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Back to the Future: Dysfunctional QB play sinking 49ers

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There's blame to go around in the 49ers expected loss to Carolina, but after two weeks, this team looks an awful lot like 49ers teams of recent past, with dismal quarterbacking as the albatross. 

NFL: San Francisco 49ers at Carolina Panthers Bob Donnan-USA TODAY Sports

With the exception of a wacky late-game comeback (that never really had a chance of happening) and a surprising four-turnover performance from the San Francisco defense, the 49ers game against the Panthers on Sunday went exactly how it was supposed to. Whenever you give up 46 points, the defense is going to take a sizable chunk of the blame. But, remember, this was a 17-10 game at halftime, and the unit gave the 49ers offense several opportunities to put points on the board.

So who's most to blame for yesterday's rout?

Blaine Gabbert, please raise your hand.

And if you asked Blaine to raise his hand again, it would be lower and further to the right than the first time he did it...more on that later.

It's easy, and at times unfair, to point to the quarterback as the major problem, but watching Blaine Gabbert's throwing the past two weeks gives you a pretty accurate diagnosis.

Some like to call Gabbert's accuracy erratic. Erratic would imply that there's a fairly decent split—sometimes it's there; sometimes it isn't. About 85 percent of the time, Gabbert is insanely inaccurate. And maybe it's just because it's been a long time since last season, or maybe it's because the rest of the team was in such disarray by comparison, but with a much improved offensive line, Gabbert looks worse throwing the ball than he did last year. Hell, even most of his completions are off target. If you look closely at his TD strike to Vance McDonald yesterday, you'll see that it's a millisecond away from being behind him.

This is the 49ers' biggest problem—one that Grant Cohn detailed and cautioned back in August. In the piece, he discusses the inconsistency of Gabbert's "arm slot," meaning the path the arm travels from launch point to release of the ball. As Cohn notes, sometimes Gabbert side arms it; sometimes his lower body is misaligned with where he's throwing the ball. As a result, you get some very wild inaccuracy—even on gimme plays like the wide open crossing route to Jeremy Kerley that Gabbert missed in the opener against the St. Louis Los Angeles Rams. What's telling of the "arm slot" issue is that Gabbert's misses are inconsistent. Yes, a lot of times, the ball is behind the receiver, but sometimes it's 10 yards in front of him. On the next play, he'll skip it like a stone along the turf; other times it's too far to the left or right; then, it's too high.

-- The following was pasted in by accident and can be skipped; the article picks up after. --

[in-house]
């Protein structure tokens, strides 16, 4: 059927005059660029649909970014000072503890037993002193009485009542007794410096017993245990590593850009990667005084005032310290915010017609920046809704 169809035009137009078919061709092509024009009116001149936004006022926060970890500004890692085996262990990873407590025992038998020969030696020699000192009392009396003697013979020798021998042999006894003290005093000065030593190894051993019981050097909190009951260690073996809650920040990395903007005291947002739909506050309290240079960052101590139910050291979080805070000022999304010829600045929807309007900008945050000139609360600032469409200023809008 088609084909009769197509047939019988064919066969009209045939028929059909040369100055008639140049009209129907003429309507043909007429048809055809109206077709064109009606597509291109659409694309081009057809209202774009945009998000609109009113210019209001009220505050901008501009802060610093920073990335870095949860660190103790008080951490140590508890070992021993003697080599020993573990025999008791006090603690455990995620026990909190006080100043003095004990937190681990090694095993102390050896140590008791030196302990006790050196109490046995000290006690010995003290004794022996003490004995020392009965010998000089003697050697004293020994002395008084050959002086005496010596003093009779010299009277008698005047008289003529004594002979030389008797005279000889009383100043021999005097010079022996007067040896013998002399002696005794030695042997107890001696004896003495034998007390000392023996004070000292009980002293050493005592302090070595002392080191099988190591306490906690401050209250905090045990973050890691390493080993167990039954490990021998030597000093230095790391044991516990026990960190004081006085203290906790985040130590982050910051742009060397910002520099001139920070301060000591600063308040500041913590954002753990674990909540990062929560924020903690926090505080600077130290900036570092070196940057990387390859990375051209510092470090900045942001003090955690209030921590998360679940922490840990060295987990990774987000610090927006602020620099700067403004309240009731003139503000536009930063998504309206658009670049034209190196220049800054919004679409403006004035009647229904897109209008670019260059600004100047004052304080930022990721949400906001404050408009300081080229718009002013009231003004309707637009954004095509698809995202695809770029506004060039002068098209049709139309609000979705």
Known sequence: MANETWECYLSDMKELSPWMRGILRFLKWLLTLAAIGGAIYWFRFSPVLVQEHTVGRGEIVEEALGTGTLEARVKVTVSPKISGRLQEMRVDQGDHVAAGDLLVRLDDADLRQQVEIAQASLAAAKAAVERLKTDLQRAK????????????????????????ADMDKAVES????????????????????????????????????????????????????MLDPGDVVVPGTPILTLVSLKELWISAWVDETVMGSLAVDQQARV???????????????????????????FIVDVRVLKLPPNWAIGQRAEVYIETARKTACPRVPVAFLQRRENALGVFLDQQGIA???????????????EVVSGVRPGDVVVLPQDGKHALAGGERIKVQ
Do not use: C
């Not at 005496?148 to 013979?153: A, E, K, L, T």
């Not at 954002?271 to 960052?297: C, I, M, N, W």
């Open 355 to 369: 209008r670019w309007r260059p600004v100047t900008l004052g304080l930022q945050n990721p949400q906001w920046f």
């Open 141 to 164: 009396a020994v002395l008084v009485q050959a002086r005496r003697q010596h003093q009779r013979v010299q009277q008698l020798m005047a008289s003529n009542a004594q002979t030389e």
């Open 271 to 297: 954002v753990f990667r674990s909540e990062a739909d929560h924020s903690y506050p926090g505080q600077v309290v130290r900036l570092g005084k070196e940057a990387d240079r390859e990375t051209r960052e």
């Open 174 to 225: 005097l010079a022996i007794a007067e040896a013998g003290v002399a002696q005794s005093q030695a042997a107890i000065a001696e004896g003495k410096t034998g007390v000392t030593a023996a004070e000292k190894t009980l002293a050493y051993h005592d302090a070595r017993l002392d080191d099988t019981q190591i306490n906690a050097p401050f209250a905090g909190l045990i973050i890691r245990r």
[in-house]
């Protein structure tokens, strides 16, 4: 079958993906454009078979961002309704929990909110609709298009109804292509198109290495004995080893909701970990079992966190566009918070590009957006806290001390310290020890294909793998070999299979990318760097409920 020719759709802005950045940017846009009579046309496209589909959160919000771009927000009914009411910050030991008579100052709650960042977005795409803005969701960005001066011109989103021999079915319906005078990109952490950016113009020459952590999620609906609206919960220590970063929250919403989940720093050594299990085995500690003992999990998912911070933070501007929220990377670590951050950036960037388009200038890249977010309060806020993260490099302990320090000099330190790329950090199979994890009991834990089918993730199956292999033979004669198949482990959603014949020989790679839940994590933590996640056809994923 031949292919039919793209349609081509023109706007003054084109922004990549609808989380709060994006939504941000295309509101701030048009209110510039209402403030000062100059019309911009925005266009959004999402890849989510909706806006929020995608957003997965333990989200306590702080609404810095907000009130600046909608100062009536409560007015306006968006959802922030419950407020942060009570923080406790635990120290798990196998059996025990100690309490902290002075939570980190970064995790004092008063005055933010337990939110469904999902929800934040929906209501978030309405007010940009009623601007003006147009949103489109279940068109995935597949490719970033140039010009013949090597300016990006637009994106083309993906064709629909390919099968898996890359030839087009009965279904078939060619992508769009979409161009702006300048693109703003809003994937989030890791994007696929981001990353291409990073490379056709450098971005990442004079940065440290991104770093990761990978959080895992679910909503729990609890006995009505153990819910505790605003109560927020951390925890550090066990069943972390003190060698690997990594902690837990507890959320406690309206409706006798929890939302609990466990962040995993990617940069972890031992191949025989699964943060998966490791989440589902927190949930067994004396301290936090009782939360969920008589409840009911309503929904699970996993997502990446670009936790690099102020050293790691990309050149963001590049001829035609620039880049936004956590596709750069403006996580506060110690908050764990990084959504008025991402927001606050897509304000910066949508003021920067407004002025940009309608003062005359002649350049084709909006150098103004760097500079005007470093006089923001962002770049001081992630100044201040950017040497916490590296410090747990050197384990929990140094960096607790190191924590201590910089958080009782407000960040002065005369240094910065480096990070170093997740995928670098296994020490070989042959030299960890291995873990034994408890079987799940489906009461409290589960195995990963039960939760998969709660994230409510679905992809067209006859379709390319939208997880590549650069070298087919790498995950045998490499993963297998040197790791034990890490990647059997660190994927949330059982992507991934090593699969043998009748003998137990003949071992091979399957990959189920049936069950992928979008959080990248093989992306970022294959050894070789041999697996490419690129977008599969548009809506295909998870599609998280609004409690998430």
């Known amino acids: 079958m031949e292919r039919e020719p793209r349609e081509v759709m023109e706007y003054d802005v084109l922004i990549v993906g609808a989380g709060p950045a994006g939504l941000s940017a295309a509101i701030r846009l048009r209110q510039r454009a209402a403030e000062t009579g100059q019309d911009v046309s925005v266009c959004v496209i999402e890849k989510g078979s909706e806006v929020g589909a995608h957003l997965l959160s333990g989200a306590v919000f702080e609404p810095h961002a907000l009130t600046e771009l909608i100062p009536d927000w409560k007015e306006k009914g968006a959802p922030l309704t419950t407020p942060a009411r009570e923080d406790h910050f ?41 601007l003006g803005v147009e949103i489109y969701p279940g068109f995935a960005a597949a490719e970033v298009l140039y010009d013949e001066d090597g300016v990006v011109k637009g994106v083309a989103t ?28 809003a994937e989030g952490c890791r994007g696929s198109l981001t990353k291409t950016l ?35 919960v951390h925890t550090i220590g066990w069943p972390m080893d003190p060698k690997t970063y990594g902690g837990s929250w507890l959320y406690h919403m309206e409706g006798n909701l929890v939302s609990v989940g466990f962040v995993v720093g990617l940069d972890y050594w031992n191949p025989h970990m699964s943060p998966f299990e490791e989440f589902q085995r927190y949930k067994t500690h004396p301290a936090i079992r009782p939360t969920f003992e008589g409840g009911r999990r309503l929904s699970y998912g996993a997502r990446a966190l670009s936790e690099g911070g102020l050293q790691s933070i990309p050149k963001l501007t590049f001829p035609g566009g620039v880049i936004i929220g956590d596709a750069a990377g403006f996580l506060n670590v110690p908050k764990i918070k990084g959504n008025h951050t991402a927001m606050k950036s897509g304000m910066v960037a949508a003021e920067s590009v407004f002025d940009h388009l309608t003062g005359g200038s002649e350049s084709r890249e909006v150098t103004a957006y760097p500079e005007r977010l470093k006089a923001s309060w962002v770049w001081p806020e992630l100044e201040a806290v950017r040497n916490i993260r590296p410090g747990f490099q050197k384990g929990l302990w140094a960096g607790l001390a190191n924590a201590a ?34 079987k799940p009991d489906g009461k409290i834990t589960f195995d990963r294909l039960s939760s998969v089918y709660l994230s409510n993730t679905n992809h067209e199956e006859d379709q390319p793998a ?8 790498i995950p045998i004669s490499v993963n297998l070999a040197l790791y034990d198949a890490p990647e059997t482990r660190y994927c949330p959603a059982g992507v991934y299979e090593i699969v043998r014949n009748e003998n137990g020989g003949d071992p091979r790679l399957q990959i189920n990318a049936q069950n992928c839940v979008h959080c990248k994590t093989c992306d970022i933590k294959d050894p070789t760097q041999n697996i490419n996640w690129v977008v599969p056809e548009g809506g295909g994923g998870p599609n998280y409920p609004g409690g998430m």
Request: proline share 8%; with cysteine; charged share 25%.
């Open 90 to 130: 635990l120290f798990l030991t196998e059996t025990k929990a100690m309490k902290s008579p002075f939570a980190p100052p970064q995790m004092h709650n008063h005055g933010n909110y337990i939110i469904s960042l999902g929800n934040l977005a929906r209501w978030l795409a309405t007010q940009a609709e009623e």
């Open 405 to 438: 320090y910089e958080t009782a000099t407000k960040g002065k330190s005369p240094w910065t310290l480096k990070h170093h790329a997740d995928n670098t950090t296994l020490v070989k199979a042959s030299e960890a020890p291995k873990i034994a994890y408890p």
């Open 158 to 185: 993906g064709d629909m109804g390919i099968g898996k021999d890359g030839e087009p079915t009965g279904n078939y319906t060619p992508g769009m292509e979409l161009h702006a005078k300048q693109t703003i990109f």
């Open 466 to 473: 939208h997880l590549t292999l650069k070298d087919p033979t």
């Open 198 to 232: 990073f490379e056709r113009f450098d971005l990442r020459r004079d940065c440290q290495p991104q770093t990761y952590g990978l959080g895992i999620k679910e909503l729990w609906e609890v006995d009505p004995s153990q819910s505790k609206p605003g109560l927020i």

Well what about his receivers? Are they helping any?

It's true, the 49ers have one of the least—if not the least—threatening wide-receiving corps in the league. Still, Jeremy Kerley is a veteran who has shown that he can get open in Chip Kelly's intermediate, quick-hitting passing game, and while he may be labeled by some as a one-trick pony, Torrey Smith's speed and ability to stretch the field should keep defenses honest as a result.

But it doesn't...because no one is worried that Gabbert will hit his target or make them pay for loading the box and staying aggressive. Then, you get what San Francisco had for years with Frank Gore:

A one-dimensional offense that becomes a zero-dimensional offense because opposing defenses only have to worry about stopping the run.

Furthermore, Gabbert's mechanics and accuracy issues have zero to do with who he's throwing to. I'm not saying havingJulio Jones or Antonio Brown split outside wouldn't help this offense, but you can be sure he'd miss them on more than several occasions.

For many, this will lead to clamoring for Colin Kaepernick, but make no mistake, Kaepernick won't be any better. Firstly, he has his own accuracy issues (remember that guy he hit on the sideline against Seattle last year?) More than that, he has an extremely slow delivery (which is a big issue in an offense like Kelly's, where quick release is key), and his inability to go through reads—let alone at a fast pace—further sinks him.

Gabbert has command of the offense's quick release and reads, he just can't execute it because the ball comes out different every time.

Does this leave the 49ers to consider Christian Ponder if Gabbert continues to struggle in the coming weeks? Or does the athletic potential of Kaepernick entice Kelly enough to give him a go. Given the depth chart, you'd be inclined to bank on the latter, but knowing Kaepernick's flaws, the fact that the league seemingly figured him out in 2014, and the front office's (or at least Trent Baalke's) alleged dislike for him, you have to wonder if the 49ers end up going straight to Ponder.

It's a shame to wonder what could be if the 49ers have a different player under center this season. The offensive line is playing extremely well and the defense has been better than advertised, despite the lack of a pass rush and occasional coverage gaffe. But when a guy with engrained crucial flaws is playing the most important position, it's going to eradicate the more promising things this team has going for it—except when playing bottom feeders like the Rams.